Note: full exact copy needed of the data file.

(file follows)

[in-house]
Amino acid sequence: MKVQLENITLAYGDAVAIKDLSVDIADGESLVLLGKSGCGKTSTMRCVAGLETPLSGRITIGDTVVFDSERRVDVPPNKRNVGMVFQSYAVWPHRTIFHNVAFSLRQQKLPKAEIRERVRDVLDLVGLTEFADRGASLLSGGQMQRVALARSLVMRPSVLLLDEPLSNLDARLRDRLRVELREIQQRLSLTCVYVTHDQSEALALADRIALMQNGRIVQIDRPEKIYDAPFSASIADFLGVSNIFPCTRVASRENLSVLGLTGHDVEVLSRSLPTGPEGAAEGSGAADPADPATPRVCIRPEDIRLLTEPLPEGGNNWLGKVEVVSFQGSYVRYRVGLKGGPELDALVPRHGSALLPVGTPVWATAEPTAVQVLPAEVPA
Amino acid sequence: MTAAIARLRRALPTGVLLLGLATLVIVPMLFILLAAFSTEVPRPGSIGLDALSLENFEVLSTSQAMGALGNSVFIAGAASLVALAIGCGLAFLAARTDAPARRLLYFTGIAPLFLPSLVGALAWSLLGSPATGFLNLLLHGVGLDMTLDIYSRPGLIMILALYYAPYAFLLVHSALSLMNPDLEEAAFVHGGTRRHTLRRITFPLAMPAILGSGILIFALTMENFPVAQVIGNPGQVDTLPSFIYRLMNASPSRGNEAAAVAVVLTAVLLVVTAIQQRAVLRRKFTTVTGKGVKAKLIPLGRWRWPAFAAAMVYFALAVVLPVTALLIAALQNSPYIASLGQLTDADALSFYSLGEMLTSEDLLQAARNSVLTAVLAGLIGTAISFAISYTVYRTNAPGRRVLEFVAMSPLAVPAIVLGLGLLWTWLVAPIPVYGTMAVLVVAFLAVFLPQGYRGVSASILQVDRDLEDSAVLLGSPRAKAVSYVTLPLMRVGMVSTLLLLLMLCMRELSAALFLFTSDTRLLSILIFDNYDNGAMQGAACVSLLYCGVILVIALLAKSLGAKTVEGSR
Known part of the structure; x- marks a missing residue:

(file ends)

[in-house]
Amino acid sequence: MKVQLENITLAYGDAVAIKDLSVDIADGESLVLLGKSGCGKTSTMRCVAGLETPLSGRITIGDTVVFDSERRVDVPPNKRNVGMVFQSYAVWPHRTIFHNVAFSLRQQKLPKAEIRERVRDVLDLVGLTEFADRGASLLSGGQMQRVALARSLVMRPSVLLLDEPLSNLDARLRDRLRVELREIQQRLSLTCVYVTHDQSEALALADRIALMQNGRIVQIDRPEKIYDAPFSASIADFLGVSNIFPCTRVASRENLSVLGLTGHDVEVLSRSLPTGPEGAAEGSGAADPADPATPRVCIRPEDIRLLTEPLPEGGNNWLGKVEVVSFQGSYVRYRVGLKGGPELDALVPRHGSALLPVGTPVWATAEPTAVQVLPAEVPA
Amino acid sequence: MTAAIARLRRALPTGVLLLGLATLVIVPMLFILLAAFSTEVPRPGSIGLDALSLENFEVLSTSQAMGALGNSVFIAGAASLVALAIGCGLAFLAARTDAPARRLLYFTGIAPLFLPSLVGALAWSLLGSPATGFLNLLLHGVGLDMTLDIYSRPGLIMILALYYAPYAFLLVHSALSLMNPDLEEAAFVHGGTRRHTLRRITFPLAMPAILGSGILIFALTMENFPVAQVIGNPGQVDTLPSFIYRLMNASPSRGNEAAAVAVVLTAVLLVVTAIQQRAVLRRKFTTVTGKGVKAKLIPLGRWRWPAFAAAMVYFALAVVLPVTALLIAALQNSPYIASLGQLTDADALSFYSLGEMLTSEDLLQAARNSVLTAVLAGLIGTAISFAISYTVYRTNAPGRRVLEFVAMSPLAVPAIVLGLGLLWTWLVAPIPVYGTMAVLVVAFLAVFLPQGYRGVSASILQVDRDLEDSAVLLGSPRAKAVSYVTLPLMRVGMVSTLLLLLMLCMRELSAALFLFTSDTRLLSILIFDNYDNGAMQGAACVSLLYCGVILVIALLAKSLGAKTVEGSR
Known part of the structure; x- marks a missing residue: